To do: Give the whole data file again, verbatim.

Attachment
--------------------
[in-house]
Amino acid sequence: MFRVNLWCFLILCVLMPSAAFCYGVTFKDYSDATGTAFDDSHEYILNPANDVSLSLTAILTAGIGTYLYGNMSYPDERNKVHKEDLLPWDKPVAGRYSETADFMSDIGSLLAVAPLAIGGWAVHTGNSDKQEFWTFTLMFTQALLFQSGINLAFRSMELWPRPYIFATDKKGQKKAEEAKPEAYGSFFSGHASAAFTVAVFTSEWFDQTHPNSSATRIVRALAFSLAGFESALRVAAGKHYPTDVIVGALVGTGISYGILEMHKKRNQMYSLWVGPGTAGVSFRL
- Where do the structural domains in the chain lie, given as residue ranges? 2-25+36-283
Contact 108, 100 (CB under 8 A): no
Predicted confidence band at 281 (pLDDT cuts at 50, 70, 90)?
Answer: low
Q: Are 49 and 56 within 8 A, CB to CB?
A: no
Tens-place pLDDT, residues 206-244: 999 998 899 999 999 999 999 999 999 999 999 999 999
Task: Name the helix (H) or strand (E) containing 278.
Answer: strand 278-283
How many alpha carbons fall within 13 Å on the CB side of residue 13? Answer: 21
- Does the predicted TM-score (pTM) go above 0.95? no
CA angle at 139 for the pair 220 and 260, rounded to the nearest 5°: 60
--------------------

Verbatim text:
[in-house]
Amino acid sequence: MFRVNLWCFLILCVLMPSAAFCYGVTFKDYSDATGTAFDDSHEYILNPANDVSLSLTAILTAGIGTYLYGNMSYPDERNKVHKEDLLPWDKPVAGRYSETADFMSDIGSLLAVAPLAIGGWAVHTGNSDKQEFWTFTLMFTQALLFQSGINLAFRSMELWPRPYIFATDKKGQKKAEEAKPEAYGSFFSGHASAAFTVAVFTSEWFDQTHPNSSATRIVRALAFSLAGFESALRVAAGKHYPTDVIVGALVGTGISYGILEMHKKRNQMYSLWVGPGTAGVSFRL
- Where do the structural domains in the chain lie, given as residue ranges? 2-25+36-283
Contact 108, 100 (CB under 8 A): no
Predicted confidence band at 281 (pLDDT cuts at 50, 70, 90)?
Answer: low
Q: Are 49 and 56 within 8 A, CB to CB?
A: no
Tens-place pLDDT, residues 206-244: 999 998 899 999 999 999 999 999 999 999 999 999 999
Task: Name the helix (H) or strand (E) containing 278.
Answer: strand 278-283
How many alpha carbons fall within 13 Å on the CB side of residue 13? Answer: 21
- Does the predicted TM-score (pTM) go above 0.95? no
CA angle at 139 for the pair 220 and 260, rounded to the nearest 5°: 60